Hello and welcome back to Second Chance to Live my friend. I am happy to have you around my table. Thank you. On January 19, 2016, Dr. Martin Luther King Day; I wrote and published the article, Equality, Inclusion and Brain Injury Recovery. The lack of inclusion of individuals living with brain injuries by professionals in the brain injury industry promotes and perpetuates dependence upon them, instead of independence from them. In the article I spoke about the disparity of equality and inclusion of brain injury survivors by professionals. Professionals working with in the “industry” of brain injury recovery. In May 2013 I was asked to conduct a workshop at a brain injury conference in Seattle, Washington.
During my attendance at the conference I had several enlightening conversations. One of these conversations revealed that brain injury conferences are set up to have a day for brain injury survivors and a day for professionals. The events of the days are separated. Another conversation revealed that to be on the board of the brain injury association one needed to donate $20,000 to the association. As I reflected on these conversations some concerns came to mind. What was behind brain injury conferences and brain injury associations? Dependence or Independence?
What was behind brain injury conferences and brain injury associations? Dependence or Independence?
As I thought about the distinction – a day or so for survivors and a day or so for professionals – I wondered why the brain injury conference did not join survivors with professionals. The second conversation raised concerns. Why was there a large amount of money required to be a member of the board of a brain injury association. As I thought about both conversations the matter of inclusion and exclusion became apparent to me. I wondered if it was true that brain injury conferences and brain injury associations were more about making money than helping brain injury survivors?
In March 2015 I was invited to attend the North American Brain Injury Society Conference in San Antonio, Texas. I was very fortunate to have had my plane ticket, hotel, food and a $650 conference fee paid for, so that I could attend the conference. The man who brought me to and paid for my attending the conference told me that I would be able to see how the brain injury industry worked. The experience was indeed eye-opening to me. During my attendance at the conference I noticed some thing that puzzled me. There were not many brain injury survivors in attendance. Actually, I only met one other brain injury survivor and she accompanied one of the providers. The provider told me that the survivor inspired her to do her Ph.D work.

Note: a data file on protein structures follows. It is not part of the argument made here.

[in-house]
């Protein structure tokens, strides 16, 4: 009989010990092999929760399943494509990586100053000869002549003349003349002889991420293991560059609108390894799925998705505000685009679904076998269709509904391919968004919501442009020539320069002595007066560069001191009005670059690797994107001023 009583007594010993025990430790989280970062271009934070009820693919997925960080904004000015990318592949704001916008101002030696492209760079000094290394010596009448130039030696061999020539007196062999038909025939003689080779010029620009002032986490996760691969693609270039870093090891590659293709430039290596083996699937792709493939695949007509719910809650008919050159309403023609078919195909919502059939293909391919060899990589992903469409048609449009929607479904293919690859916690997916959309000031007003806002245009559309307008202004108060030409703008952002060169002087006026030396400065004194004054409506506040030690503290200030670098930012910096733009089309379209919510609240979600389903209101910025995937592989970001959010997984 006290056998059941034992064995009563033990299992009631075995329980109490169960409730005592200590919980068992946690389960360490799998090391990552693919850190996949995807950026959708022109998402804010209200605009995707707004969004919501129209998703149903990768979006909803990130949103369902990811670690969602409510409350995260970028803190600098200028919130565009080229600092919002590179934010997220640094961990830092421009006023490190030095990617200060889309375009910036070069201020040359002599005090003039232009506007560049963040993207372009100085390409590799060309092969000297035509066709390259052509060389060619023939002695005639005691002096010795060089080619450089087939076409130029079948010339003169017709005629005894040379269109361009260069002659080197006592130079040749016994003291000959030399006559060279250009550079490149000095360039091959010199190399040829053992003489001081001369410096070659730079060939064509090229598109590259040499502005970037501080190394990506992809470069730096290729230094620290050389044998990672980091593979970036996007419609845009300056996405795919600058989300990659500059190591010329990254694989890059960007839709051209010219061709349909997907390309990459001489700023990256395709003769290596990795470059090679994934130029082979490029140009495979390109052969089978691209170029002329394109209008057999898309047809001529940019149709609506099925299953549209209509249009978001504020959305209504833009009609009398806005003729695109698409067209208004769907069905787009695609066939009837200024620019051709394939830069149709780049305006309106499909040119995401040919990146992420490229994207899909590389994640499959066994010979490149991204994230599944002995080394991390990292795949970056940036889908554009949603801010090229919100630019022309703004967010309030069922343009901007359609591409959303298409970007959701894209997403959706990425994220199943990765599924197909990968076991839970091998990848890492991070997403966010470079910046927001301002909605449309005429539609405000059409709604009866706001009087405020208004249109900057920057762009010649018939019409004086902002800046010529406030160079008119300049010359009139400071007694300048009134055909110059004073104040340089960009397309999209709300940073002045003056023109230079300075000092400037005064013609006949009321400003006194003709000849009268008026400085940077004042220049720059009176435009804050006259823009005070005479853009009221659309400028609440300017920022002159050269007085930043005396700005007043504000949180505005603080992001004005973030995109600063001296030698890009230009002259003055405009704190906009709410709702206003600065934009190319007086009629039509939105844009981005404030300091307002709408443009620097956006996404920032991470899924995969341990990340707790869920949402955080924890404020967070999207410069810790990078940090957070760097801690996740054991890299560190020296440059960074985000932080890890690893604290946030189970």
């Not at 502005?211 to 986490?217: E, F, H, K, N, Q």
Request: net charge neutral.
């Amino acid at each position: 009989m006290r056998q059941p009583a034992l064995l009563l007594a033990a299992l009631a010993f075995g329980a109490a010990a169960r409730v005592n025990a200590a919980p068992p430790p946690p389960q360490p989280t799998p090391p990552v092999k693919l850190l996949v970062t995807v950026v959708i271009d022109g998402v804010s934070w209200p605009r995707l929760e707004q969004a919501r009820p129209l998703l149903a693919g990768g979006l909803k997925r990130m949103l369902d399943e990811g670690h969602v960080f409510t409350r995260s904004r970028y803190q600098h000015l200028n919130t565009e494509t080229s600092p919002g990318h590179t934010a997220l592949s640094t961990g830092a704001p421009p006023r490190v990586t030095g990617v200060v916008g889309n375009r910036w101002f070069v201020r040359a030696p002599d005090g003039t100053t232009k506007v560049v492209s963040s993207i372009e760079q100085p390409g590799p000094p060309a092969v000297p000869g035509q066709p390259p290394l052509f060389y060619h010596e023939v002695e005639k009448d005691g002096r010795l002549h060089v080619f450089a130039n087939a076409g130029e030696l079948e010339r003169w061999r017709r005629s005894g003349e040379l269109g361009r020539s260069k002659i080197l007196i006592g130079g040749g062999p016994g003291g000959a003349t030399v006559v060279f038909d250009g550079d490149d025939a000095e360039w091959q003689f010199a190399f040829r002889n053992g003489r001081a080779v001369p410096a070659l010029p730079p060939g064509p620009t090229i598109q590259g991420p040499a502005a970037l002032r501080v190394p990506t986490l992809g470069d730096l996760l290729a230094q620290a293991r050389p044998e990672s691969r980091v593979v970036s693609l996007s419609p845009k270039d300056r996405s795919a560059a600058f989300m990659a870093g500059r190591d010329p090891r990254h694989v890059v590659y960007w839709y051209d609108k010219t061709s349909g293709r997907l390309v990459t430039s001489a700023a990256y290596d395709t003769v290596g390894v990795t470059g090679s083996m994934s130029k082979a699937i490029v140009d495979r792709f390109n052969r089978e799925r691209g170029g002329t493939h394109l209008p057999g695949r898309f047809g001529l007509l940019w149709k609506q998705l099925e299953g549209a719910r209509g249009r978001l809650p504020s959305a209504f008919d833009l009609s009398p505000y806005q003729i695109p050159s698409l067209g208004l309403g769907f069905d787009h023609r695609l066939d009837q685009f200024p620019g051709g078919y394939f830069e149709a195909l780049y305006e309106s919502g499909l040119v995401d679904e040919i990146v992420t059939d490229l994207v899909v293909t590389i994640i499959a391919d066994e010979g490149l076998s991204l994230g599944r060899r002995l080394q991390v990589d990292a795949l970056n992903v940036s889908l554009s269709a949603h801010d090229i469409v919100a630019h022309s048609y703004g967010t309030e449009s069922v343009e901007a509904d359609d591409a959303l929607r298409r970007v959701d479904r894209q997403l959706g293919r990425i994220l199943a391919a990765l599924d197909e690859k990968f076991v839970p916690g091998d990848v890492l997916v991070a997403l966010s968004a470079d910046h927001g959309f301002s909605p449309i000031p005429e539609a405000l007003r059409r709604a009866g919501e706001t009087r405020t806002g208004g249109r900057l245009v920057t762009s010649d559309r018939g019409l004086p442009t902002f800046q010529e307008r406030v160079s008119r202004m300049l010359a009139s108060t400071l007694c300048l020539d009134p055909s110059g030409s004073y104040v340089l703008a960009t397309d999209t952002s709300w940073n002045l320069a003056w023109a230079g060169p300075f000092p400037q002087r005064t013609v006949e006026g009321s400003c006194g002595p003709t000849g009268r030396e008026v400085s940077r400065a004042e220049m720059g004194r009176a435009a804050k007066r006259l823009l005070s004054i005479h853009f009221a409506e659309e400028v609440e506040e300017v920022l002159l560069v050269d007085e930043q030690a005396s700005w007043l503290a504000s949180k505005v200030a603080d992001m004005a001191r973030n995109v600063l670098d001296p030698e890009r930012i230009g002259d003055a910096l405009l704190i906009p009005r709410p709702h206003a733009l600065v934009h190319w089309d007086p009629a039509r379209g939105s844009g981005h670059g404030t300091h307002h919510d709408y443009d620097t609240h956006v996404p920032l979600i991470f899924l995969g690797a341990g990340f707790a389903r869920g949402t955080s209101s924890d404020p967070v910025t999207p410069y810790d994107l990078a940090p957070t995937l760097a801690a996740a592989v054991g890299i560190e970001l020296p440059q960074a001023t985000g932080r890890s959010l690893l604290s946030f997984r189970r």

During my time at the conference I met many MD.’s, Ph.D’s, JD’s and a host of brain injury industry providers. After arriving home from the conference, I reflected upon the absence of brain injury survivors. Plenty of professional and providers, but the absence of survivors. What became apparent to me was the absence of brain injury survivors. A lack of inclusion or a voice by brain injury survivors during the conference. What this led me to believe was that brain injury survivors had not been included in the planning of the conference or the conference program. The absence of brain injury survivor’s did not make sense to me. Why would brain injury survivors not be included in the planning or program, as the brain injury conference was about people living with brain injuries.
The absence did not make sense to me, as who could speak with more credibility than people living with brain injuries. I am not quite sure what the motivation of planners were in not including people living with brain injuries at the conference? It may have been that the exorbitant cost of attending the conference. It may have been that the planners and the conference committee did not consider viable the contribution of people living with brain injuries. That brain injury survivors do not have anything worthwhile to contribute. I am not sure why people living with brain injuries are subsequently led to believe that their voice (s) do not count? I am not sure why professional working in the brain injury industry say that we are the experts, but do not seek to not listen and include us in the discussion.